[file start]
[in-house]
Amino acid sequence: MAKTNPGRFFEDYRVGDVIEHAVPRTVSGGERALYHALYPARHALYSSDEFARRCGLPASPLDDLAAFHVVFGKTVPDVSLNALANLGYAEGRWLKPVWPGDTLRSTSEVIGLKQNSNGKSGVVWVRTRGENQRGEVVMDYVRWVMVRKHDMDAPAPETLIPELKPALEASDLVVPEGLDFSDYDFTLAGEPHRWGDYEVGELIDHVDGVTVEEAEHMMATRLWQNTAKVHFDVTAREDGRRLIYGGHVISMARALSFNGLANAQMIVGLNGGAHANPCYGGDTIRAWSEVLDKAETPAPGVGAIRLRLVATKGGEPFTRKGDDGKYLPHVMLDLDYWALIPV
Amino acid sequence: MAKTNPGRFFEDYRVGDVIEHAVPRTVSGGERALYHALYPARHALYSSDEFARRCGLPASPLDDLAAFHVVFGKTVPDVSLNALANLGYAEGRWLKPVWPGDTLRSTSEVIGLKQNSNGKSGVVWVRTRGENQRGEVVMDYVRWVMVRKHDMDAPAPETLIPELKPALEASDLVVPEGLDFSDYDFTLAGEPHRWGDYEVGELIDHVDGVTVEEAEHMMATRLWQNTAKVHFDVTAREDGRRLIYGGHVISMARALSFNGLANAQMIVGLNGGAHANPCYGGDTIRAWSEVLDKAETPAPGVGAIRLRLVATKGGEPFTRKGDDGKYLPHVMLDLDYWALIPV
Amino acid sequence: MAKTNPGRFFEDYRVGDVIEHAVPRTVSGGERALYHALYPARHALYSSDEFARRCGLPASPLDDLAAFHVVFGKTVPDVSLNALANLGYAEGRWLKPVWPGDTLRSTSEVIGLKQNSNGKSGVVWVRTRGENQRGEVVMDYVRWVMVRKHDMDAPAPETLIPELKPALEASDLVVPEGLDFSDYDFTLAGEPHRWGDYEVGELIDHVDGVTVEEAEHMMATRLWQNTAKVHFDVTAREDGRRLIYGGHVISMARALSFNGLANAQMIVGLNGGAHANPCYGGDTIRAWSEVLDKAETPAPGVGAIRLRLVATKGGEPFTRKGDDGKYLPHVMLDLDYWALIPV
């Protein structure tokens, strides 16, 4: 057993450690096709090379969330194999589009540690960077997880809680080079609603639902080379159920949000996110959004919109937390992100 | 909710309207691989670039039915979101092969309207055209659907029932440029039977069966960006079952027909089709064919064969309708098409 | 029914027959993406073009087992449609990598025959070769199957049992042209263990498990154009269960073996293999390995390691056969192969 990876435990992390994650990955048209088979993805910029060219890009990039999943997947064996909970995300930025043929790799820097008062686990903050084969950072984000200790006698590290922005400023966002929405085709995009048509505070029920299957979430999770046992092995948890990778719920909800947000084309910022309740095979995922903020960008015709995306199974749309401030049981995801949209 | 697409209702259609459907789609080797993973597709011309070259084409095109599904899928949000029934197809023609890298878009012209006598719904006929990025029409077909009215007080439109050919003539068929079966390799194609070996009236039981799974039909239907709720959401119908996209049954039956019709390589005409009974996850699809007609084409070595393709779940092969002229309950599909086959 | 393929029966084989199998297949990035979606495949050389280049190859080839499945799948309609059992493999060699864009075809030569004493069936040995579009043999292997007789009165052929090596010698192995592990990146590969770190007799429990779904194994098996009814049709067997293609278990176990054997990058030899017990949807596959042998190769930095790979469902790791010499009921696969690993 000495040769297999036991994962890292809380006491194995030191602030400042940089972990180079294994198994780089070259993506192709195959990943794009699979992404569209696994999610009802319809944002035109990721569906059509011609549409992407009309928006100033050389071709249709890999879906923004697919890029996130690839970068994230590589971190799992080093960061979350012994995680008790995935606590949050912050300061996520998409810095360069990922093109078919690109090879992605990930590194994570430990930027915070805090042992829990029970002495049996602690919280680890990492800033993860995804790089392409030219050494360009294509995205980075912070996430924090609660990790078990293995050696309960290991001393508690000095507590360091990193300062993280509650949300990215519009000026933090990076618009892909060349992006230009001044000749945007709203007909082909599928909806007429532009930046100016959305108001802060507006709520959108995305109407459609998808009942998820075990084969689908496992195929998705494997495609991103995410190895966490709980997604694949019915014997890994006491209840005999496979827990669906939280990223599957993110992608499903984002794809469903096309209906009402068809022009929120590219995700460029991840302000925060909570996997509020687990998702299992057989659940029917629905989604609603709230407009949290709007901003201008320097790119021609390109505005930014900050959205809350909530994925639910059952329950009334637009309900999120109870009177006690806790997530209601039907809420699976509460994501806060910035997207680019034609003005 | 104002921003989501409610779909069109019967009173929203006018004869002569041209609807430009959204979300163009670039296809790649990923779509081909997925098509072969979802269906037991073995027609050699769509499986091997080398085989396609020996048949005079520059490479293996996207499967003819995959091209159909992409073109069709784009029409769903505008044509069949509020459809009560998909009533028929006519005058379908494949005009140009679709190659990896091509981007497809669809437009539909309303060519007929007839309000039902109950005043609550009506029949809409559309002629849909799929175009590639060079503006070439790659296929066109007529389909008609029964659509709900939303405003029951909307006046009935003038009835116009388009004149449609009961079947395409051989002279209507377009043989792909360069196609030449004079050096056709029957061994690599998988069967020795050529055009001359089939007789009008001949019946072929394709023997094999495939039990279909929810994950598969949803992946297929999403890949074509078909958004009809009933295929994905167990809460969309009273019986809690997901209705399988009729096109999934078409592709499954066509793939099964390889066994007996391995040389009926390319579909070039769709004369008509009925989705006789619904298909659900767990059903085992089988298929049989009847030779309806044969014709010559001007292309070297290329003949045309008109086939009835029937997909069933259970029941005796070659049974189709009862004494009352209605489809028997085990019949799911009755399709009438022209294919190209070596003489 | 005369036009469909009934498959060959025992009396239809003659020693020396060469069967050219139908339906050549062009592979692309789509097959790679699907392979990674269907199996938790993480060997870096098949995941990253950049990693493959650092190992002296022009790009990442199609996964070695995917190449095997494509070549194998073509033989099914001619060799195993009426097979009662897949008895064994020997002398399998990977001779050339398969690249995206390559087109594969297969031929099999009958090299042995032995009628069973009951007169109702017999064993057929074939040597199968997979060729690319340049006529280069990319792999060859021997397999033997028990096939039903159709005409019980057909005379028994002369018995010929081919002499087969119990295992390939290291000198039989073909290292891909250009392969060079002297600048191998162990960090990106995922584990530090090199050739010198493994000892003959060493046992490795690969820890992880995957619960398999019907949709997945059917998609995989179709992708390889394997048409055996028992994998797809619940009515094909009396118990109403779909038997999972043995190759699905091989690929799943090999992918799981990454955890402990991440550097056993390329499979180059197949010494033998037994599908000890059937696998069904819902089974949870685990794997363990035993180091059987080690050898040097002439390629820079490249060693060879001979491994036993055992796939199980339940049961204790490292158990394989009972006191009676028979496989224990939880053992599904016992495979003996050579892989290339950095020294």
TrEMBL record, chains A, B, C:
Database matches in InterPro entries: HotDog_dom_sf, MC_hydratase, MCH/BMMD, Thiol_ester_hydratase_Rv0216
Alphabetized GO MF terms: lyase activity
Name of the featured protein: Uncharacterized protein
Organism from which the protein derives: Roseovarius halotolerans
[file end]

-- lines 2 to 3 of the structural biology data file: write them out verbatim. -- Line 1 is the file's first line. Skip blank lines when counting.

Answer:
Amino acid sequence: MAKTNPGRFFEDYRVGDVIEHAVPRTVSGGERALYHALYPARHALYSSDEFARRCGLPASPLDDLAAFHVVFGKTVPDVSLNALANLGYAEGRWLKPVWPGDTLRSTSEVIGLKQNSNGKSGVVWVRTRGENQRGEVVMDYVRWVMVRKHDMDAPAPETLIPELKPALEASDLVVPEGLDFSDYDFTLAGEPHRWGDYEVGELIDHVDGVTVEEAEHMMATRLWQNTAKVHFDVTAREDGRRLIYGGHVISMARALSFNGLANAQMIVGLNGGAHANPCYGGDTIRAWSEVLDKAETPAPGVGAIRLRLVATKGGEPFTRKGDDGKYLPHVMLDLDYWALIPV
Amino acid sequence: MAKTNPGRFFEDYRVGDVIEHAVPRTVSGGERALYHALYPARHALYSSDEFARRCGLPASPLDDLAAFHVVFGKTVPDVSLNALANLGYAEGRWLKPVWPGDTLRSTSEVIGLKQNSNGKSGVVWVRTRGENQRGEVVMDYVRWVMVRKHDMDAPAPETLIPELKPALEASDLVVPEGLDFSDYDFTLAGEPHRWGDYEVGELIDHVDGVTVEEAEHMMATRLWQNTAKVHFDVTAREDGRRLIYGGHVISMARALSFNGLANAQMIVGLNGGAHANPCYGGDTIRAWSEVLDKAETPAPGVGAIRLRLVATKGGEPFTRKGDDGKYLPHVMLDLDYWALIPV